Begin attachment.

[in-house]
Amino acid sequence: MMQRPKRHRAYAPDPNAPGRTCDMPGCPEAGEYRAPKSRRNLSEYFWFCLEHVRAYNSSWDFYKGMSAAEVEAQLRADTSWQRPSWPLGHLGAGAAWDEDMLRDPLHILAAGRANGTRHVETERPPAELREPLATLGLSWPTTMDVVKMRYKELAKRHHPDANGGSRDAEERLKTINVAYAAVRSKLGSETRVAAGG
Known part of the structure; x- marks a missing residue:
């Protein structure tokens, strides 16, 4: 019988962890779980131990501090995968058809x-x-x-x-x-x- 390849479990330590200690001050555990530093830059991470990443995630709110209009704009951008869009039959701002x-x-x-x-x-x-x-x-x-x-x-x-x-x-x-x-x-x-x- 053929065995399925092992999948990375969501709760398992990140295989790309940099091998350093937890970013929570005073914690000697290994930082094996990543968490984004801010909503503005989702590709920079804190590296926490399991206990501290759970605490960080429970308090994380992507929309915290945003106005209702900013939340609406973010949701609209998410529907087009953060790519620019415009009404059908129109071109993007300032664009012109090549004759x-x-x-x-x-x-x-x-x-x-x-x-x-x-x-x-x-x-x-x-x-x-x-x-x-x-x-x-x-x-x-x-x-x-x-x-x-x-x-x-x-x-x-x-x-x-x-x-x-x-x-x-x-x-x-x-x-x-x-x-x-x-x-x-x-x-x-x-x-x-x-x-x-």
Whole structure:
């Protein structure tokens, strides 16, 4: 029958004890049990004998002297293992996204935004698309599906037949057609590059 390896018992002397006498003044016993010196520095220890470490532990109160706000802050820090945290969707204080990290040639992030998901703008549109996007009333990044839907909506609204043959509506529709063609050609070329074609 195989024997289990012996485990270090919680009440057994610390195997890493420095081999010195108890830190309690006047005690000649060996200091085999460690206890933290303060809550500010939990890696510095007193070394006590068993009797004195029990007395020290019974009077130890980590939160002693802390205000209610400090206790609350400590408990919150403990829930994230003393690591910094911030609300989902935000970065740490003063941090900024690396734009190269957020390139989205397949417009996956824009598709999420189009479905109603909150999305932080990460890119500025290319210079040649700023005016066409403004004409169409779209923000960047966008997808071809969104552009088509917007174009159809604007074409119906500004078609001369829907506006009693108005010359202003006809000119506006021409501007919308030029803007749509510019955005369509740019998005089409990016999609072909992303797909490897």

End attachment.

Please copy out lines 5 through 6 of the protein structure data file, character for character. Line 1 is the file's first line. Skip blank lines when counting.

Whole structure:
């Protein structure tokens, strides 16, 4: 029958004890049990004998002297293992996204935004698309599906037949057609590059 390896018992002397006498003044016993010196520095220890470490532990109160706000802050820090945290969707204080990290040639992030998901703008549109996007009333990044839907909506609204043959509506529709063609050609070329074609 195989024997289990012996485990270090919680009440057994610390195997890493420095081999010195108890830190309690006047005690000649060996200091085999460690206890933290303060809550500010939990890696510095007193070394006590068993009797004195029990007395020290019974009077130890980590939160002693802390205000209610400090206790609350400590408990919150403990829930994230003393690591910094911030609300989902935000970065740490003063941090900024690396734009190269957020390139989205397949417009996956824009598709999420189009479905109603909150999305932080990460890119500025290319210079040649700023005016066409403004004409169409779209923000960047966008997808071809969104552009088509917007174009159809604007074409119906500004078609001369829907506006009693108005010359202003006809000119506006021409501007919308030029803007749509510019955005369509740019998005089409990016999609072909992303797909490897």